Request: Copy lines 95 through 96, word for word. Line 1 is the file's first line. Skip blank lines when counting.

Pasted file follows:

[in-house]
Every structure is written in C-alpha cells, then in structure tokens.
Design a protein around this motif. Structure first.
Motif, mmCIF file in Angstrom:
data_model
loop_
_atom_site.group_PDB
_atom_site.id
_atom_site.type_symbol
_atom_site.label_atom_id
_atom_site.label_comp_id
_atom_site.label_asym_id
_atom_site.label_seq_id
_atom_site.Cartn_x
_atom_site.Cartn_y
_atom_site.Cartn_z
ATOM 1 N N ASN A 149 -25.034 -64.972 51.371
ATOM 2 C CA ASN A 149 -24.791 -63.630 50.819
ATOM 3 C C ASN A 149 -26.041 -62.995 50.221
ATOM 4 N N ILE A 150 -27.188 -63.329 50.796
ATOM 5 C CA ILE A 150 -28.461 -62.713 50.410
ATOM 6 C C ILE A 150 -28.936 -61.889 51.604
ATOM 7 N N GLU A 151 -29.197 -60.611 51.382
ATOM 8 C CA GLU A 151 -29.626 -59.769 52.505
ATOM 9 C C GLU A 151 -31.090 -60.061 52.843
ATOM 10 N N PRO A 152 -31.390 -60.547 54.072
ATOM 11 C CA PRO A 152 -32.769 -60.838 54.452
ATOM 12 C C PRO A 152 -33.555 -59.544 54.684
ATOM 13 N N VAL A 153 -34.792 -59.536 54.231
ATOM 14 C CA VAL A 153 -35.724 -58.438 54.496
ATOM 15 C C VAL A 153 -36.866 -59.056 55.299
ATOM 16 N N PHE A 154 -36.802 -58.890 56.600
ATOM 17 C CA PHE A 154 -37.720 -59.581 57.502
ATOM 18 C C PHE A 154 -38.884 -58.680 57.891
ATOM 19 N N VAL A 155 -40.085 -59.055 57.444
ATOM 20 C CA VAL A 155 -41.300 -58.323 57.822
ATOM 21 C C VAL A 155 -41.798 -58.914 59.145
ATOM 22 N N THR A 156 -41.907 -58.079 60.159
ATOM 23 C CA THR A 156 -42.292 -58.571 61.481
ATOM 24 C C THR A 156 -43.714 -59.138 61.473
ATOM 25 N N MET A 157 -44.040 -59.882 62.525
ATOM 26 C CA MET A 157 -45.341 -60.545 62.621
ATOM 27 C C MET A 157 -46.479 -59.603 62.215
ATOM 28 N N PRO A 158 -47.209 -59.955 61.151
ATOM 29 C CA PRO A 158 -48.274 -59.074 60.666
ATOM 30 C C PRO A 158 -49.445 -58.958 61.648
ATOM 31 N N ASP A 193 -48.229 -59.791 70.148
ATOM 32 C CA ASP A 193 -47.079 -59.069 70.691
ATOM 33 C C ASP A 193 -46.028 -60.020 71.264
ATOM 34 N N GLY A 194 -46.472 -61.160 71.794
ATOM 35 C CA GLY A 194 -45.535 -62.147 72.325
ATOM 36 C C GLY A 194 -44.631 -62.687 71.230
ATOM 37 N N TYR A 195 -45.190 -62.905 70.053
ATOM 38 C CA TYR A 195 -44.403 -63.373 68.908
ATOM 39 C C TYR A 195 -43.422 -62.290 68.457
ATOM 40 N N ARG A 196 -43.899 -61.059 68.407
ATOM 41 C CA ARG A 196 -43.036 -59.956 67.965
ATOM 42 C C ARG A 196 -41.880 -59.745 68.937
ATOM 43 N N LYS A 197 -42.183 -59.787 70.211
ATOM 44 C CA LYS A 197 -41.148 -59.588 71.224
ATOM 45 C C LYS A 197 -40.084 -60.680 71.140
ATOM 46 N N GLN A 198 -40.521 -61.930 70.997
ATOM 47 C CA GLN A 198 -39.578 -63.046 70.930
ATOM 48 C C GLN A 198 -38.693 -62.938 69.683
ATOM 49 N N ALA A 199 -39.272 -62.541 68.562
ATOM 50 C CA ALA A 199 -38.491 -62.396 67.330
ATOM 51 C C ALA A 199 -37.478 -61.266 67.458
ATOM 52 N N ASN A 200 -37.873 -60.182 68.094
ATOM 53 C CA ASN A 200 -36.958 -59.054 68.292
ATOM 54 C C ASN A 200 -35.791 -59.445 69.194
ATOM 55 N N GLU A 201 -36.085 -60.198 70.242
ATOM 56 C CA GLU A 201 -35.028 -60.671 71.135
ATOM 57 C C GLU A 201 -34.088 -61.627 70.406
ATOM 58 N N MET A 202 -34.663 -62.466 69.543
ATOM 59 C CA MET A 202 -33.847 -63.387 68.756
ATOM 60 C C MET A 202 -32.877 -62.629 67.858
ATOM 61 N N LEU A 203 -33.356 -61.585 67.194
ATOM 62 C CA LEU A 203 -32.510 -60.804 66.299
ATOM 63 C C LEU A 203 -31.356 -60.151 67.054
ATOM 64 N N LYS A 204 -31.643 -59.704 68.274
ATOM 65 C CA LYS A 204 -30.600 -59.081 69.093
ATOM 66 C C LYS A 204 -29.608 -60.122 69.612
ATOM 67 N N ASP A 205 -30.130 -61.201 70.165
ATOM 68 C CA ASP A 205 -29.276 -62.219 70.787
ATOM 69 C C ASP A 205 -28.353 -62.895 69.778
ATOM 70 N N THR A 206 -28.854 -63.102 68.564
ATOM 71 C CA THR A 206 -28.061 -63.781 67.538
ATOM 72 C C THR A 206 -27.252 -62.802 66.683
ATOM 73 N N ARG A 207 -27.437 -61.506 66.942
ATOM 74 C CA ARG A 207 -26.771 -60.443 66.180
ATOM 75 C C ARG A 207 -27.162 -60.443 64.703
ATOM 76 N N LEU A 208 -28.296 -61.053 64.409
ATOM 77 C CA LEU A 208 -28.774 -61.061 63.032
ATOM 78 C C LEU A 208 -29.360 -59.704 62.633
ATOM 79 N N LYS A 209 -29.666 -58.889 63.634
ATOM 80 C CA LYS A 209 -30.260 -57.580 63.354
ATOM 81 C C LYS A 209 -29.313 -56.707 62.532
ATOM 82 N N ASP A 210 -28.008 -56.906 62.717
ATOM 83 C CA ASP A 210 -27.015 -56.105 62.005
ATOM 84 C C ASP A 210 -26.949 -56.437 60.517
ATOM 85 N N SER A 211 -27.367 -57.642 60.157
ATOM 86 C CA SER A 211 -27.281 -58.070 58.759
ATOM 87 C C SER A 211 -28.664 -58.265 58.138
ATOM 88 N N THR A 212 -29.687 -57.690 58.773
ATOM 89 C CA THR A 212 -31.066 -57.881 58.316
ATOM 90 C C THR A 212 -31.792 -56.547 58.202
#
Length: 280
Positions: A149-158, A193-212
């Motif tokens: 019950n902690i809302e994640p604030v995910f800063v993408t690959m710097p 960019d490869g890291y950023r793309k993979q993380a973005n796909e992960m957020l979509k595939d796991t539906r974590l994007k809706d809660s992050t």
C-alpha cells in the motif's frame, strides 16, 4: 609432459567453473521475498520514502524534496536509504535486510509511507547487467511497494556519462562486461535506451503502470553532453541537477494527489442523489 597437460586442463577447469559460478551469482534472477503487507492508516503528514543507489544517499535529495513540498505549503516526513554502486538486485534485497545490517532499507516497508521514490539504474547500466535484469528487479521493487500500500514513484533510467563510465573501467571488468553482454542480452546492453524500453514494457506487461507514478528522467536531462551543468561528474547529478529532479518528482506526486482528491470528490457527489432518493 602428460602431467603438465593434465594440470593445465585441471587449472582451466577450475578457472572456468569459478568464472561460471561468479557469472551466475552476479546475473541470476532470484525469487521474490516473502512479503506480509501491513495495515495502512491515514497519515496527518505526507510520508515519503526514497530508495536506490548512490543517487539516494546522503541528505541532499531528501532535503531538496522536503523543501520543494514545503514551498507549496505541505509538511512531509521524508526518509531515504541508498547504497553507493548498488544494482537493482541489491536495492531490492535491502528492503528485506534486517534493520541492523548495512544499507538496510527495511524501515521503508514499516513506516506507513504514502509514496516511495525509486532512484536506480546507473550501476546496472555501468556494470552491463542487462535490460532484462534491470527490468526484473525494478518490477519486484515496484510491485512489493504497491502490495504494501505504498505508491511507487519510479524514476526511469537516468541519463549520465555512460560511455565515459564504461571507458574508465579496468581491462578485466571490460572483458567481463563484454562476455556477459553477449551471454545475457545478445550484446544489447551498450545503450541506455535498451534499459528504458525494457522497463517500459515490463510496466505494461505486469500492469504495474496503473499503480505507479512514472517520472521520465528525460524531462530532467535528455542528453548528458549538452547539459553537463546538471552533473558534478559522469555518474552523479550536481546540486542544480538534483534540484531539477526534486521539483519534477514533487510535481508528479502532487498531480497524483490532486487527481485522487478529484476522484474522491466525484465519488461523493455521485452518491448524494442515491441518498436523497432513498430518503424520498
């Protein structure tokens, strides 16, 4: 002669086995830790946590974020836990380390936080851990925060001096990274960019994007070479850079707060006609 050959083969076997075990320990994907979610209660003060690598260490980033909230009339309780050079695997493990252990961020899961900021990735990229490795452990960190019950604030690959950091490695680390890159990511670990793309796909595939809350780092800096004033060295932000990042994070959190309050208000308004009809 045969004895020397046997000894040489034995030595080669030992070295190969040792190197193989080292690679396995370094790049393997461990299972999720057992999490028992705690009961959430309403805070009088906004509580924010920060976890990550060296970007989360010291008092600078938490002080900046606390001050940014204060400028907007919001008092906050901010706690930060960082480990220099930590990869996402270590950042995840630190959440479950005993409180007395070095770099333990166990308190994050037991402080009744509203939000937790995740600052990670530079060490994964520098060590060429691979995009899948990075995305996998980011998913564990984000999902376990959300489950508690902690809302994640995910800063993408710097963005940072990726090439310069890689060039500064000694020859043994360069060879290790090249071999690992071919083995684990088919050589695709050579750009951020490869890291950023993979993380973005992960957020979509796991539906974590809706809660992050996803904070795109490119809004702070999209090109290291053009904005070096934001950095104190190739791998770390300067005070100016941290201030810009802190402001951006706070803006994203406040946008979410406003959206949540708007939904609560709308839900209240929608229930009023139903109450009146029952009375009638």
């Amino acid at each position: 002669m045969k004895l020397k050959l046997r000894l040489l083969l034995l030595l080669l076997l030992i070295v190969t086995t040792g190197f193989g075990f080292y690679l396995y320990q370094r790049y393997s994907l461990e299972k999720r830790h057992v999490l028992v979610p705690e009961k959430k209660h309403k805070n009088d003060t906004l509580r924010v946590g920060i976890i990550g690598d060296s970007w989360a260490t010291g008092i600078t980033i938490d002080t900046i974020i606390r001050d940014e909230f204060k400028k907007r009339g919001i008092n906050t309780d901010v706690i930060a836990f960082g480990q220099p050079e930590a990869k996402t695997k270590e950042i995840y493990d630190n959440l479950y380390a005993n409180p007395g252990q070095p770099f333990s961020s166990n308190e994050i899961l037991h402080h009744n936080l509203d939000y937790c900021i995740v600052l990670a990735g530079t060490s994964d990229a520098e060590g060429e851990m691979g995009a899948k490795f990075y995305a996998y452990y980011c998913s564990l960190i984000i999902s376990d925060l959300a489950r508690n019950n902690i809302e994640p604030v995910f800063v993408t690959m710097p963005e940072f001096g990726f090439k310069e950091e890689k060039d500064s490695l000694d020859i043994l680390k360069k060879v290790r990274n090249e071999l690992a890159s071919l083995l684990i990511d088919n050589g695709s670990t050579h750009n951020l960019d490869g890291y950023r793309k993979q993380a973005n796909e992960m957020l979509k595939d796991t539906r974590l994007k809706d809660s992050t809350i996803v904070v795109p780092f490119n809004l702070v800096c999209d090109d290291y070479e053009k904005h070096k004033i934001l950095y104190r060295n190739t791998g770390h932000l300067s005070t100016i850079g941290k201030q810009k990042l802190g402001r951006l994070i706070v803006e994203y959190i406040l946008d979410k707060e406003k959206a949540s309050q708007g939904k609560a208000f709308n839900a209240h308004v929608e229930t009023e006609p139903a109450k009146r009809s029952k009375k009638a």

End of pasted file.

ATOM 79 N N LYS A 209 -29.666 -58.889 63.634
ATOM 80 C CA LYS A 209 -30.260 -57.580 63.354